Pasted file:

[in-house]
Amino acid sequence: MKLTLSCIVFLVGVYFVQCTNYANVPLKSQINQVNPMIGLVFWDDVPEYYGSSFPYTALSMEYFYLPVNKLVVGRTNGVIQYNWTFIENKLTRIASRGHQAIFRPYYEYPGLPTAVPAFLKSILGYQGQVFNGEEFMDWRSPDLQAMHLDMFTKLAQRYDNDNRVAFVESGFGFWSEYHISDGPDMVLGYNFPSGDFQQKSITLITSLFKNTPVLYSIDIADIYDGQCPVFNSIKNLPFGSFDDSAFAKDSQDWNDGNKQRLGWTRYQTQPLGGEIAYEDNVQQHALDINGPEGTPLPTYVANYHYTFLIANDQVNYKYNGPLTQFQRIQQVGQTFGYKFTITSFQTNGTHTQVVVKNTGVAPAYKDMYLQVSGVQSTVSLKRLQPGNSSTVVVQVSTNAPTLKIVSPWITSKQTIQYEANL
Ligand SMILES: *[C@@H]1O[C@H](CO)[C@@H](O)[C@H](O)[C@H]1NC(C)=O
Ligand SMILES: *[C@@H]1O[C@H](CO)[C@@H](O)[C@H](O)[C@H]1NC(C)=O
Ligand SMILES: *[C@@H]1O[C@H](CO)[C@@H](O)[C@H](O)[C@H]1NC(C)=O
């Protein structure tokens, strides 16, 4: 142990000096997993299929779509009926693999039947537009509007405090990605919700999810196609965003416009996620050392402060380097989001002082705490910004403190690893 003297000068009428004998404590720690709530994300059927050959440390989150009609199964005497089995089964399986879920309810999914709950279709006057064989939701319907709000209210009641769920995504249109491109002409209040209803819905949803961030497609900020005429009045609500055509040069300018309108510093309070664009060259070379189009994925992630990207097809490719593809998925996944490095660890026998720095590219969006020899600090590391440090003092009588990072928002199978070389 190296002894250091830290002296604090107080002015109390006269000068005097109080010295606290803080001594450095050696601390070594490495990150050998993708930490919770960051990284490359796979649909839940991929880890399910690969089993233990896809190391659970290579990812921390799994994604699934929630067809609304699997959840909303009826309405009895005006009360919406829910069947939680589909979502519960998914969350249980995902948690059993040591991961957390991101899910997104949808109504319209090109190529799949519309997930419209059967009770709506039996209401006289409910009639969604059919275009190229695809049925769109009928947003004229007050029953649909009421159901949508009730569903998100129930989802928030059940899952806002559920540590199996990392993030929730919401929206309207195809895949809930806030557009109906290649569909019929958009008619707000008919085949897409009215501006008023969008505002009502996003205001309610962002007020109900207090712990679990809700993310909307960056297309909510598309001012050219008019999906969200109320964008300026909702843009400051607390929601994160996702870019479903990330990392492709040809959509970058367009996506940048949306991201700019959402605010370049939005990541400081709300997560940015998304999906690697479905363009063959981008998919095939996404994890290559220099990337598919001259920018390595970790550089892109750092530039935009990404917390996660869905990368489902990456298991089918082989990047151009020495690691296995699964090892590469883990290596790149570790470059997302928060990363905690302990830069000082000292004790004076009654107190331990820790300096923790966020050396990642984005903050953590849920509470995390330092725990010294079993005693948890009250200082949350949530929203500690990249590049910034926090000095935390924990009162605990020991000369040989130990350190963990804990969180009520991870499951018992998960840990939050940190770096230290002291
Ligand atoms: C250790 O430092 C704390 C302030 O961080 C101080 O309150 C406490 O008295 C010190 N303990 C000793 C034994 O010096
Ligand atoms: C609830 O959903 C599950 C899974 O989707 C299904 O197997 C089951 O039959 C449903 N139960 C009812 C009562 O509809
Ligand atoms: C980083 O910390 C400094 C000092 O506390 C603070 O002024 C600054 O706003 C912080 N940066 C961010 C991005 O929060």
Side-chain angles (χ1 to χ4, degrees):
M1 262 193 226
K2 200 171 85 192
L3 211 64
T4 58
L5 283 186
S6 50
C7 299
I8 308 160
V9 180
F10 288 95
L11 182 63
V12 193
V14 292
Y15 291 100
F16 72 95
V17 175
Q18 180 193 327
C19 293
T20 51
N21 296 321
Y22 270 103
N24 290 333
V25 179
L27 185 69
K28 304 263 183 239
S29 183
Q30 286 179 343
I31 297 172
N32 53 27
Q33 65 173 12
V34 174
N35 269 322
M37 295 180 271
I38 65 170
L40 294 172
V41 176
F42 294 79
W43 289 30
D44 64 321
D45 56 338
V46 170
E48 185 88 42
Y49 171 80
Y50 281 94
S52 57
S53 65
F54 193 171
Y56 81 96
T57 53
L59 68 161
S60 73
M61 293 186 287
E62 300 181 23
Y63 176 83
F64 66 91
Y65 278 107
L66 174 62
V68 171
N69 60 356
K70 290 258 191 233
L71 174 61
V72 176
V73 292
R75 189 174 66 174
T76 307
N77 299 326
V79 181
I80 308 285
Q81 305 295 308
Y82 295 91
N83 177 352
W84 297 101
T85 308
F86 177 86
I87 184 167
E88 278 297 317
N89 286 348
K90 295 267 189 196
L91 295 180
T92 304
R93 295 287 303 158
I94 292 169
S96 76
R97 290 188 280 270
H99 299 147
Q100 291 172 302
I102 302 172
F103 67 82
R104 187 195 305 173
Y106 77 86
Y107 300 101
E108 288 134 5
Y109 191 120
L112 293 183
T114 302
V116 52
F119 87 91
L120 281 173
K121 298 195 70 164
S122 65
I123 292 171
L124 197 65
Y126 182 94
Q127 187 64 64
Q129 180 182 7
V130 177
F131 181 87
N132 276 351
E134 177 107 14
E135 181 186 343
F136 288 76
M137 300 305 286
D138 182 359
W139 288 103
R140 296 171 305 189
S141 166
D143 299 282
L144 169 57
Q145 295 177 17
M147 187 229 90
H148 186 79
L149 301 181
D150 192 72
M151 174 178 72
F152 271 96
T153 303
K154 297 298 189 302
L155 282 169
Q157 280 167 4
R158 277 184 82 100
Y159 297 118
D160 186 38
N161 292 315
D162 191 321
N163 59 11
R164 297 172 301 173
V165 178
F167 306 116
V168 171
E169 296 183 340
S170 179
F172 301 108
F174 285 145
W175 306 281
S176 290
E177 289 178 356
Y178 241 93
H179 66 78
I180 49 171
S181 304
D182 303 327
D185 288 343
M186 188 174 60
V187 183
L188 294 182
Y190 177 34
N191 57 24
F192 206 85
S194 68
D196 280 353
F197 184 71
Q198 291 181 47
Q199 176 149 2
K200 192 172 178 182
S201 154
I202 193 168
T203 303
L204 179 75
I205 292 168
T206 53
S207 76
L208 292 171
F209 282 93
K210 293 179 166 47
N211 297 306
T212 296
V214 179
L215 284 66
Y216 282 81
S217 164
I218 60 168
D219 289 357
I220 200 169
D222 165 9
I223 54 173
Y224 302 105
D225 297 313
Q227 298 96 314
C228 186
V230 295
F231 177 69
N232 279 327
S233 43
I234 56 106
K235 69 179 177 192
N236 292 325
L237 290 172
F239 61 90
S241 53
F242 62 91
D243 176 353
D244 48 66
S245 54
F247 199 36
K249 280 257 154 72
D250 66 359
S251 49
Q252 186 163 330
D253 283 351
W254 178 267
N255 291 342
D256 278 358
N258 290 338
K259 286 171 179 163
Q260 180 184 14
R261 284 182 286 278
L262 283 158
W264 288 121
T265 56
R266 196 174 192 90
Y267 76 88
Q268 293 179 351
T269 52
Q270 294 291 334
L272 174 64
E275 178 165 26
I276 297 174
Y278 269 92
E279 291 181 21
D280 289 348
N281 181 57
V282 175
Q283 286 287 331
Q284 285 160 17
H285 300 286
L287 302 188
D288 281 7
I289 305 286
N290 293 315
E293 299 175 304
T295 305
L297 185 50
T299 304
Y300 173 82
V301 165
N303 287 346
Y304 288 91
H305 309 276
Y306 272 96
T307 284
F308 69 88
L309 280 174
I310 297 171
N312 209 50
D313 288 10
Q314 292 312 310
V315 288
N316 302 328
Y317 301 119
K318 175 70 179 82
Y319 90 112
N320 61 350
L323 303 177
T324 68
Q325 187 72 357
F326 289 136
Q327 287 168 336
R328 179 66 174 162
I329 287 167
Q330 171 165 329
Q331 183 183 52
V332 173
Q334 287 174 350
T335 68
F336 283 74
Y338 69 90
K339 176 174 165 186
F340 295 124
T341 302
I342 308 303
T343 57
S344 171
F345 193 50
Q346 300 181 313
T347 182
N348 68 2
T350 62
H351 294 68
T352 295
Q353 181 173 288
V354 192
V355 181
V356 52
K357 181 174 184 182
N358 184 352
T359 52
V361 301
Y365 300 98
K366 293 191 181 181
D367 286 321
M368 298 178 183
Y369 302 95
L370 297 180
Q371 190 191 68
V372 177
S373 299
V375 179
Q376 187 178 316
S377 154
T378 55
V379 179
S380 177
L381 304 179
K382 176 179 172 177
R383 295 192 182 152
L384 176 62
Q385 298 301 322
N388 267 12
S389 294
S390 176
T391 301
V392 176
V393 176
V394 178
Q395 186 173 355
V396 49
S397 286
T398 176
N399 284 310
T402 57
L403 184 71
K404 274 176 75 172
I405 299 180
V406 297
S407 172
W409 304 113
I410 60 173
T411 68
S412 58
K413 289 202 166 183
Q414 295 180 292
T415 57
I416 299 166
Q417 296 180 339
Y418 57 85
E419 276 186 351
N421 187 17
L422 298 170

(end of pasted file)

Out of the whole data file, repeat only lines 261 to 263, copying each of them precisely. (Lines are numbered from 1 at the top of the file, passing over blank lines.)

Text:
F308 69 88
L309 280 174
I310 297 171